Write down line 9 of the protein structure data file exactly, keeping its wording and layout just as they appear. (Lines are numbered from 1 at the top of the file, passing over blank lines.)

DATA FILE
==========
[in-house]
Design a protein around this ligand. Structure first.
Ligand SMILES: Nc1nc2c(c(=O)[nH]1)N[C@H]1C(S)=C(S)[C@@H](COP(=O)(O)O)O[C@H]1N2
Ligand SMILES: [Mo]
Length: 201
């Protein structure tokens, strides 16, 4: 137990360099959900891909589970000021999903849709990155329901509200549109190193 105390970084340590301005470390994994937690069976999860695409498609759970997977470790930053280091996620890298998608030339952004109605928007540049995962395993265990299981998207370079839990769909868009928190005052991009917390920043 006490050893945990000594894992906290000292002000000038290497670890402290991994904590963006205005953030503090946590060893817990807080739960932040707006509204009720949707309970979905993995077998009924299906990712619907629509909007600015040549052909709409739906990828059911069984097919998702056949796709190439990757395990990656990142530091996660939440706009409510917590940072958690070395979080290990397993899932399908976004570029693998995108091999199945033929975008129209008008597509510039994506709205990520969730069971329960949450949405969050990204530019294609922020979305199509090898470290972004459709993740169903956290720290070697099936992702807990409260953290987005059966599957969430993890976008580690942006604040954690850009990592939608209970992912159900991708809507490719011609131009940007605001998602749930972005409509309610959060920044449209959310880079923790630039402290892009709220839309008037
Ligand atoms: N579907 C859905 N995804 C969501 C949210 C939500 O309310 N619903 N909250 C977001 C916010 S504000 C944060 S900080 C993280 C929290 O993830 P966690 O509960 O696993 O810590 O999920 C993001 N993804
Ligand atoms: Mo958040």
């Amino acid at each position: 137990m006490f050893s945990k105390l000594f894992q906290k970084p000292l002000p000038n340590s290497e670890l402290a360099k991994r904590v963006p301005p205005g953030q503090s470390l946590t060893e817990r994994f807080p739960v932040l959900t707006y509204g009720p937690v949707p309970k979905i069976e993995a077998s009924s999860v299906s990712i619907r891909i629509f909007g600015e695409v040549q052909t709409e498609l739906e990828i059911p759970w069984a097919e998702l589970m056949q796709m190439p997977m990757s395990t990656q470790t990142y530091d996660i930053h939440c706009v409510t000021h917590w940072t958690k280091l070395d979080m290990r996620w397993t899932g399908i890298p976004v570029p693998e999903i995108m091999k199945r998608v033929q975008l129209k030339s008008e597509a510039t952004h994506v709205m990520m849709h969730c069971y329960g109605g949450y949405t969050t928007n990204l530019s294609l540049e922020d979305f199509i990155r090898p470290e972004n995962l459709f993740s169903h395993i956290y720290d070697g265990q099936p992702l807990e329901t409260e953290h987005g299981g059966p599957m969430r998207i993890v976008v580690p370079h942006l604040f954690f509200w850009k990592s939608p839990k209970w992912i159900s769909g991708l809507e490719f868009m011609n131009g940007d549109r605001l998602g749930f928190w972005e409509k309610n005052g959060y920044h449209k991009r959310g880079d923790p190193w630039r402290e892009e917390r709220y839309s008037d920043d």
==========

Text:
């Amino acid at each position: 137990m006490f050893s945990k105390l000594f894992q906290k970084p000292l002000p000038n340590s290497e670890l402290a360099k991994r904590v963006p301005p205005g953030q503090s470390l946590t060893e817990r994994f807080p739960v932040l959900t707006y509204g009720p937690v949707p309970k979905i069976e993995a077998s009924s999860v299906s990712i619907r891909i629509f909007g600015e695409v040549q052909t709409e498609l739906e990828i059911p759970w069984a097919e998702l589970m056949q796709m190439p997977m990757s395990t990656q470790t990142y530091d996660i930053h939440c706009v409510t000021h917590w940072t958690k280091l070395d979080m290990r996620w397993t899932g399908i890298p976004v570029p693998e999903i995108m091999k199945r998608v033929q975008l129209k030339s008008e597509a510039t952004h994506v709205m990520m849709h969730c069971y329960g109605g949450y949405t969050t928007n990204l530019s294609l540049e922020d979305f199509i990155r090898p470290e972004n995962l459709f993740s169903h395993i956290y720290d070697g265990q099936p992702l807990e329901t409260e953290h987005g299981g059966p599957m969430r998207i993890v976008v580690p370079h942006l604040f954690f509200w850009k990592s939608p839990k209970w992912i159900s769909g991708l809507e490719f868009m011609n131009g940007d549109r605001l998602g749930f928190w972005e409509k309610n005052g959060y920044h449209k991009r959310g880079d923790p190193w630039r402290e892009e917390r709220y839309s008037d920043d």